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post #14 of 24 Old 08-20-2014, 12:11 PM
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The signal meter on the tv actually shows one bar flashing intermittently for channel 50, but apparently not a strong enough signal to produce a picture.
I wish it was possible to put my spectrum analyzer on your antenna and take a look at channel 5. Based on my experience here with low VHF it's hard to imagine that WOI on RF 5 isn't plenty strong enough. LOS at 59 miles should be no problem at all. TVFool is predicting a noise margin of +33 dB. That's a good signal. I am assuming your antenna is mounted outside.

My low VHF antenna is about equivalent to the HD8200U low VHF portion. I have a channel 2 running 3KW and is 119 miles away over a 2 edge path. TV Fool predicts NM of -6dB yet it typically runs +15dB and rarely drops out. The biggest issue is summer thunderstorms. I also have an RF 3 at 14 miles LOS with just 30 watts ERP and it's noise margin was measured at +40 dB so high power is not required.

You must have some very bad noise problems to be having an issue with RF 5. It might be worth trying to come with a way to investigate this.
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post #15 of 24 Old 08-20-2014, 01:36 PM - Thread Starter
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I went back up on the roof and got the antenna facing much closer to the 8-10 degrees that TV Fool shows it should be pointing. It was originally put up parallel to the ridge of the roof but that's basically due North. There's a marked increase in signal strength and I was able to run a four-way splitter successfully with not much degradation in signal.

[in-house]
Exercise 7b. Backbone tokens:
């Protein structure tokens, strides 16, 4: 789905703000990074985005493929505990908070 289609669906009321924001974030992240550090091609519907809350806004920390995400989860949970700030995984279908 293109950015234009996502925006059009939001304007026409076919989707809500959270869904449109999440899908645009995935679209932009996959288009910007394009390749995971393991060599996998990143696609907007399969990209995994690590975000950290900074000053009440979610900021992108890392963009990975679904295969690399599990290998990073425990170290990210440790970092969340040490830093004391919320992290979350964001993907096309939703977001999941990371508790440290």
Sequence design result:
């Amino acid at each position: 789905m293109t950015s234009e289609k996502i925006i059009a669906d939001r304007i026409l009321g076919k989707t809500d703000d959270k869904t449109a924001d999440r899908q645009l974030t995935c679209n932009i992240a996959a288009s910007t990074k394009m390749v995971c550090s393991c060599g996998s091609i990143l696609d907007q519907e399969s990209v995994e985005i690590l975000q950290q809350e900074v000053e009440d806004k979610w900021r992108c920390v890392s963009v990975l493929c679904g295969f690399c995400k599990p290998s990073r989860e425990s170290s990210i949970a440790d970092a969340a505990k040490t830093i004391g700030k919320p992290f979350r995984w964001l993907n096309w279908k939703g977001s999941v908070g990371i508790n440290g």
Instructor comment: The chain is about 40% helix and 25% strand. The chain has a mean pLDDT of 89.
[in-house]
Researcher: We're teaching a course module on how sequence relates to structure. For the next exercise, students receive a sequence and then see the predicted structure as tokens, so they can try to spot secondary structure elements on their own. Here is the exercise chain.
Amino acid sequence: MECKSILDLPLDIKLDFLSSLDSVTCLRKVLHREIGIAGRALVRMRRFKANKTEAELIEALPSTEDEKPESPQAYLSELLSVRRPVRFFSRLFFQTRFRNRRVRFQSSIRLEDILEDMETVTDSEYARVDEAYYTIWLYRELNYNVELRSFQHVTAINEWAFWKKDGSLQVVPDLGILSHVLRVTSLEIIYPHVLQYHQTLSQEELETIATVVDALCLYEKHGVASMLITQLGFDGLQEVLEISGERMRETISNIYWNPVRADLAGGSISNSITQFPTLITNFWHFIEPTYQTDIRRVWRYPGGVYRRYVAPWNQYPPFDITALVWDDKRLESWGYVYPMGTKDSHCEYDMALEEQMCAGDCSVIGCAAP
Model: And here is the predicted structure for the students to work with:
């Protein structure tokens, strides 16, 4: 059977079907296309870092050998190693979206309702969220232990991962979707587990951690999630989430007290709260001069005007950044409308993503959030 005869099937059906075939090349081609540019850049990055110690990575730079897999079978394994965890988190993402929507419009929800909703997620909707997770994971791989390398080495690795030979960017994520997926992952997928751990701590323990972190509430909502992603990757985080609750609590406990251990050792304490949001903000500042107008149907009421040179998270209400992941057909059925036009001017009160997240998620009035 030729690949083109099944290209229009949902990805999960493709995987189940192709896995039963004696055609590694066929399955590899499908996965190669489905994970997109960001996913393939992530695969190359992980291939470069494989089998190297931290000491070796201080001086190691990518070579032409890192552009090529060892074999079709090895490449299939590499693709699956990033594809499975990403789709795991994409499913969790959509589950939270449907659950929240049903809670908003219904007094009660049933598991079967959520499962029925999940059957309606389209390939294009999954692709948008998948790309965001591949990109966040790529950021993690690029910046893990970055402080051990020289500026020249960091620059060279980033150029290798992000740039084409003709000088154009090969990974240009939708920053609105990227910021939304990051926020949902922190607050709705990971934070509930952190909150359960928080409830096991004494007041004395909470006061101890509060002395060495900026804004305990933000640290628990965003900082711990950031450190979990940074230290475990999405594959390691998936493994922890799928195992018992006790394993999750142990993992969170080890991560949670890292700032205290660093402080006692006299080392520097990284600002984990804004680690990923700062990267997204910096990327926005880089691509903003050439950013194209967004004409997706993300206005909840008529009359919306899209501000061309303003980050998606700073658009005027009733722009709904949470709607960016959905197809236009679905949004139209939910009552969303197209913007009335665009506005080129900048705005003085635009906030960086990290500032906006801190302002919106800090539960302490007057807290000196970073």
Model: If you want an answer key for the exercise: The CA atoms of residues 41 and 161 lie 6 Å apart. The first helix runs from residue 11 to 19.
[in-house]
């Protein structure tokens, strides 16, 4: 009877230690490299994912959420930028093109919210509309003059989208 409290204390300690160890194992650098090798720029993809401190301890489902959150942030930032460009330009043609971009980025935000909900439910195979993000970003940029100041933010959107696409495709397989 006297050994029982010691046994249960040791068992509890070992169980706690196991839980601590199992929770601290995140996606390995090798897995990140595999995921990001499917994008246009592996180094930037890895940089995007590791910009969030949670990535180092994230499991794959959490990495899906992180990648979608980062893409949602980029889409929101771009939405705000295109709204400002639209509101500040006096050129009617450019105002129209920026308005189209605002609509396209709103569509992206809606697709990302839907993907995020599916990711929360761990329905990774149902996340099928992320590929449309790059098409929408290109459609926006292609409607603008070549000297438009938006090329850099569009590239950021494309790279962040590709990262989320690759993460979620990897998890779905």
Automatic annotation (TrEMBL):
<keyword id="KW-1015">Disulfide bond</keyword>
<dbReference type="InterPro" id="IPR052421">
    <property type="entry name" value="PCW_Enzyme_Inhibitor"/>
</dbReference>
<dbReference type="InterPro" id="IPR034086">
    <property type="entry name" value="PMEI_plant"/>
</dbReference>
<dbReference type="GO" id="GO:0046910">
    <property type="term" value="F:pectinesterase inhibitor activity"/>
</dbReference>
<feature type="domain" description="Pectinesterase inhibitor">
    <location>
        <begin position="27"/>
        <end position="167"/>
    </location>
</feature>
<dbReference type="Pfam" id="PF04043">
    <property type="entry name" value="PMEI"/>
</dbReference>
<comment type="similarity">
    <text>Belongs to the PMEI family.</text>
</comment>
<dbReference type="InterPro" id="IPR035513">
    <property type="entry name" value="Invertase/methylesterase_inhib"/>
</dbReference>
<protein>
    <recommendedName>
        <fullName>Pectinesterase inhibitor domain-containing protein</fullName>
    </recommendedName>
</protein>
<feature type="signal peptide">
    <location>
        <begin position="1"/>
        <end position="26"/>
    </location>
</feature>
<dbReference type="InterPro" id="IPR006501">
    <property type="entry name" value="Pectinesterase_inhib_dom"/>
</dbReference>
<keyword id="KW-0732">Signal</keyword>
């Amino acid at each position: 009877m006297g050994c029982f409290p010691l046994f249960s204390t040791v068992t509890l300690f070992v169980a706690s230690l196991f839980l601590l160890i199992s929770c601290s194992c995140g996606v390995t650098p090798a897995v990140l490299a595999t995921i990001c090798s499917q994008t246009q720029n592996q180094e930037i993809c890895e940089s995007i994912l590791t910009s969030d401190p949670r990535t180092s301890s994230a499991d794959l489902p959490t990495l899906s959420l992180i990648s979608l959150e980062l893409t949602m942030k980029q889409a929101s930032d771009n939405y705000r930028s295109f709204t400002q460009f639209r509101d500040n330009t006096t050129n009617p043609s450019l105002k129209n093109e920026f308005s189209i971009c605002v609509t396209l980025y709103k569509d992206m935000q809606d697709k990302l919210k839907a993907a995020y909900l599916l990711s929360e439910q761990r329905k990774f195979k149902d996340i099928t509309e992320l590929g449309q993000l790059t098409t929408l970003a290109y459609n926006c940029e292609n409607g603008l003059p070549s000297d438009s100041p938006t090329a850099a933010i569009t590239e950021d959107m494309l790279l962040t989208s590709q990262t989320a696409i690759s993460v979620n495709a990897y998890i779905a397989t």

I'm hoping adjusting the antenna itself is the solution and not just whatever "help" the ductwork is providing in the middle of the day. Would adding an amplifier still provide little or no help? Do we have any other options?
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post #16 of 24 Old 08-20-2014, 01:44 PM
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I'm looking for antenna recommendations, living out in the country the antenna's exposed to some pretty severe winds and everything we've had in the past has fallen apart.

I hope your HD8200U holds up but if yours breaks I'd consider building log periodics. The attached images show the antennas I have built for UHF, high VHF and low VHF. The wind is not going to blow these apart and I doubt ice would be an issue. The only problem I ran into was water ingress into the coax at the feed point which I solved by placing the end of a soda bottle over the feed point. That plastic is UV proof so it doesn't degrade.